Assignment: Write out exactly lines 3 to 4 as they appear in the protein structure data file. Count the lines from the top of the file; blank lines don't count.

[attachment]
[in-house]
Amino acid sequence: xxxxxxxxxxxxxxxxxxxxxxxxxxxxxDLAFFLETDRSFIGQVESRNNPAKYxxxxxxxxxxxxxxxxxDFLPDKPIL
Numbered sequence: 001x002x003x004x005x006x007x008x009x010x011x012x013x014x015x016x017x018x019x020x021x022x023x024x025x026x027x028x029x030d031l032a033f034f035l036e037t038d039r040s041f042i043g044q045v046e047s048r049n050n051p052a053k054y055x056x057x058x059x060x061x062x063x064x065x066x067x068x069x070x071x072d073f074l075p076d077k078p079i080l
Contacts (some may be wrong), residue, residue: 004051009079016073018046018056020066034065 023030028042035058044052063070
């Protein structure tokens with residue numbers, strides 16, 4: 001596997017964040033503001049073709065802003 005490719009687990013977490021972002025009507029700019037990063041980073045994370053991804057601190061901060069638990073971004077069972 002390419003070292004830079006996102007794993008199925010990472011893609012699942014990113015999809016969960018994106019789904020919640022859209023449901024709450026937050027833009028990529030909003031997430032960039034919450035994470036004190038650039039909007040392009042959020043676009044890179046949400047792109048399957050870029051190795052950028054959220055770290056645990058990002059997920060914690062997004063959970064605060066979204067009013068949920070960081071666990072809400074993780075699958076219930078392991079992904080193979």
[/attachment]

Numbered sequence: 001x002x003x004x005x006x007x008x009x010x011x012x013x014x015x016x017x018x019x020x021x022x023x024x025x026x027x028x029x030d031l032a033f034f035l036e037t038d039r040s041f042i043g044q045v046e047s048r049n050n051p052a053k054y055x056x057x058x059x060x061x062x063x064x065x066x067x068x069x070x071x072d073f074l075p076d077k078p079i080l
Contacts (some may be wrong), residue, residue: 004051009079016073018046018056020066034065 023030028042035058044052063070